As well as supporting higher capacities per frame, the new generation of cdmaOne base stations is designed to be easily upgradeable with a circuit pack changeout to the first level of the CDMA2000 G3 specification, known as 1xRTT (Radio Transmission Technology). This is possible because, once there are three 1.25MHz IS-95 carriers operating in the base station-to-RF frame, the move to the 5MHz carrier requirement of 3G can be accomplished with a changeout of just the digital components, leaving the RF components alone. Says Cindy Christy, vice president for AMPS and PCS product management at Lucent Technologies, Inc: "Customers want us to deliver solutions that leverage existing infrastructure to the maximum extent possible."
While the details of harmonizing 3G systems remain to be worked out, vendors say 1xRTT specifications are solid enough to permit the development of chips that will allow testing of the platform to begin next year. According to Robinson, Sprint PCS, which recently introduced a 14.4kbit/s circuit-based data service, remains confident it will be able to bring 1xRTT services to market by late 2000 or early 2001.
As the first level 3G implementation, 1xRTT supports a 144kbit/s data channel, doubles the voice capacity per carrier and sets the stage for the jump to 3xRTT at data rates of up to 2Mbit/s. Because the change to 5MHz channelization will be accomplished with implementation of 1xRTT in base stations, the move to 3xRTT will be done with just a software upgrade.
In expanding their networks, carriers such as Sprint PCS, now in its third build-out phase, are using the new generation of base stations that will support these simple upgrade steps to the 3G platform, thereby reducing the cost burden of future data service expansion.
IS-95B has not won wide vendor support owing to many carriers' preference for the migration path made possible with the move to 1xRTT. But Motorola, by delivering a commercial IS-95B system, believes it is giving carriers who don't want to wait for the 144kbit/s 1xRTT capability a chance to move quickly to higher data rates, using both older and the newer base stations.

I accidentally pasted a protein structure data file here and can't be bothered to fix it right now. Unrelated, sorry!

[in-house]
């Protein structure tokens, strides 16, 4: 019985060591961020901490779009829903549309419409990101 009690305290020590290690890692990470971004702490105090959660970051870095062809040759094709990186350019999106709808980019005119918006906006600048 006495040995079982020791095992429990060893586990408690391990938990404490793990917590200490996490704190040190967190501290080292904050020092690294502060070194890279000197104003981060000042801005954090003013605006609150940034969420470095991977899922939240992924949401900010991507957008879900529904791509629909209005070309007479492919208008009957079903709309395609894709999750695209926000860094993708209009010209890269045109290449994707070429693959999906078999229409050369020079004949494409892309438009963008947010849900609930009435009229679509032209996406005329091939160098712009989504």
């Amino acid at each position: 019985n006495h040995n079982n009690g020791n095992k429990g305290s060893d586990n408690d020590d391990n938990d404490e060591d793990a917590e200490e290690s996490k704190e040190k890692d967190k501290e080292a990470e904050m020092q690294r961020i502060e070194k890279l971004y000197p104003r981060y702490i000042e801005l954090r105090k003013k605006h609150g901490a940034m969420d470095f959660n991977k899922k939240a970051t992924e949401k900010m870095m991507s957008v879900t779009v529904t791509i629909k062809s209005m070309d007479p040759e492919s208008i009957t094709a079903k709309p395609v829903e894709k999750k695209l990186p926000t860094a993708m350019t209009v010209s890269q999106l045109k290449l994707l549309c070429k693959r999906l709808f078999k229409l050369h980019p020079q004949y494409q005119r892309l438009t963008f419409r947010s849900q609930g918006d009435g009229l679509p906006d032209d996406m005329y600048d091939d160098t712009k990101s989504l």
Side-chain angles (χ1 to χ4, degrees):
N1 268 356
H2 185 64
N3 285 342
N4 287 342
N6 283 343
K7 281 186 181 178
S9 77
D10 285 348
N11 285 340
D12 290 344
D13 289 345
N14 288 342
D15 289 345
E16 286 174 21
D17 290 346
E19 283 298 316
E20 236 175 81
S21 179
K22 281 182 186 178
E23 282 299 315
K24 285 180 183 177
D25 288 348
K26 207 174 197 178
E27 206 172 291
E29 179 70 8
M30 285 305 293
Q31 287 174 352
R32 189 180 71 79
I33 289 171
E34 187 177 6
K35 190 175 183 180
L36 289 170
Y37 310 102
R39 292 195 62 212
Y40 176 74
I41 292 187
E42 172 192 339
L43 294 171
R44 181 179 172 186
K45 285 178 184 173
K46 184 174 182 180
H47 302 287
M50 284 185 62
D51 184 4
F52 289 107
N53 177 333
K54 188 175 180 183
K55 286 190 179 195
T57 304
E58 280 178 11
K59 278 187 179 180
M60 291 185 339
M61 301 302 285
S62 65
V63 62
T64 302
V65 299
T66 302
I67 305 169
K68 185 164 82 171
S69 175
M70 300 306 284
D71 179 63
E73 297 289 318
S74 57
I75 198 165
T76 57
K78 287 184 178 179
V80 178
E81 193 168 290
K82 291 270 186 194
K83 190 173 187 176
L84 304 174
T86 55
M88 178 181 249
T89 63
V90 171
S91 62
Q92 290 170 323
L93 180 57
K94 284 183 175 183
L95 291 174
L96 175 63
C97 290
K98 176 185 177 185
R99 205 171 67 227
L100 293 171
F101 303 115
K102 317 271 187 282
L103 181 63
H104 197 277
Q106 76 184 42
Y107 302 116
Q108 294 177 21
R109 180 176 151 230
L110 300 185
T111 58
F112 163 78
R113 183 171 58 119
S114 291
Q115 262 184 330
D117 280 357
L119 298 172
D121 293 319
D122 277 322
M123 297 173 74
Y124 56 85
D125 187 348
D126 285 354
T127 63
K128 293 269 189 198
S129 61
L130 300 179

Operators in the U.S. as well as Japan and elsewhere are rethinking the IS-95B option, Campbell adds. "There's definitely an advantage to 1xRTT over IS-95B, not only with respect to higher data speeds and double voice capacity, but also because there is greater efficiency at the MAC (media access control) layer and because it opens the path to 3xRTT," he explains. "But you can move to IS-95B and still be well positioned to go to 3G, and people are looking at doing that, especially in places where the demand for data and better data rates is stronger than anticipated."
Motorola has made the data channel over IS-95B a less capacity-consuming monster than most people anticipated, which means that companies such as Japanese cellular operators DDI Corp. and IDO Corp. can respond to rapidly rising demand for improved data services without making major sacrifices in voice coverage. "With the rate allocation algorithms we're using, operators can assign priorities to voice or data and make use of the RF resources accordingly," says Campbell.
This means that RF resources can be assigned to data as need dictates but, if voice takes priority, the capacity is available to accommodate it, with dynamic assignment of carriers according to real-time changes in usage patterns.
Korea Telecom Freetel, the first operator anywhere to implement IS-95B, has been conducting trials with various vendors, including Qualcomm, Inc., which is supplying its MSM3000 chipset and high-speed system software solution. According to Don Schrock, president of Qualcomm CDMA Technologies, KT Freetel's PersNet service will soon allow customers to take advantage of electronic commerce, on-line stock trading, on-line banking and travel reservations via the Internet through handsets that use the MSM3000. The system will deliver data at up to 86.4kbit/s over IS-95B, giving it a 33 percent improvement over data rates set in the standard specification, he adds.
Where the data rate question is concerned, Ericsson, having acquired the base station business of Qualcomm and with it the core technology, is in as good a position as anyone to prepare for the migration to 3G.